• BiffBrownBiffBrown Registered User Posts: 452 Member

    Some job and grad school placement stats for Emory College grads:
    http://www.career.emory.edu/recruiters/placement and salary info/index.html

    Some job placement stats for Emory Goizueta School grads:

  • Mamapa2Mamapa2 Registered User Posts: 63 Junior Member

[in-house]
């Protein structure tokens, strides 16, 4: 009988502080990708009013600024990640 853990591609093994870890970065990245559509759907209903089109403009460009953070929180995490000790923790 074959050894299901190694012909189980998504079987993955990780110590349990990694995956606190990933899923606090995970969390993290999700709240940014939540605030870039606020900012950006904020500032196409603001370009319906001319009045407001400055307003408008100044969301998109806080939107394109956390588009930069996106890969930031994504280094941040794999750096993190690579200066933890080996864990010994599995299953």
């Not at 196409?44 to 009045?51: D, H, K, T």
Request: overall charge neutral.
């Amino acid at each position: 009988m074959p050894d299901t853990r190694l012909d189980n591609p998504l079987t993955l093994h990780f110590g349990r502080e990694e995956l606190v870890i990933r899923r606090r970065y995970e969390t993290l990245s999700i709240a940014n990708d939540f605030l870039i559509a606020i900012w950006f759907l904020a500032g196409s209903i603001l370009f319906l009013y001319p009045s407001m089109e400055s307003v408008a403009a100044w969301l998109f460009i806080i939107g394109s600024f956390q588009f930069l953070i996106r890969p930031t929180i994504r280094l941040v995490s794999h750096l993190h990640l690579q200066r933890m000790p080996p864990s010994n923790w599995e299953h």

I'm not sure about other buildings that are being built, but Tufts is very undergraduate focused and professors here would rather help undergrads than do research here than most other universities because it was a LAC that focused on undergrad education to start with. The large Science and Engineering complex that was just built last year there is dedicated largely to undergraduate teaching. All my STEM classes and lab classes except for one have been taught there and in just two semesters, I have had classes on almost every floor of the building, which is at least 5 or 6 floors.On the contrary, research is mainly done in older buildings slightly off campus. As an undergraduate student, I already have a professor who has hooked up me with some BME research with a postdoc who is actually guiding me on the projects and who teaches valuable skills such as reading research papers and using lab equipment, which I would not be exposed to in an intro class such as Gen Chem. In addition, the professor who offered me the position isn't even paid to teach undergraduates and is supposed to dedicate his time mainly to research, but he still accepts almost every undergraduate who asks him for research as long as the student commits his/her time. Not saying Emory is a bad place at all and I may have been a little naive in saying that its engineering program (if there is one) is not as strong as Tufts just because Tufts has an Engineering school. But overall, Emory is a great school that I may happily have attended if costs were not an issue and I bet Emory, like Tufts, is also more undergraduate focused than many other research universities also due to its smaller size.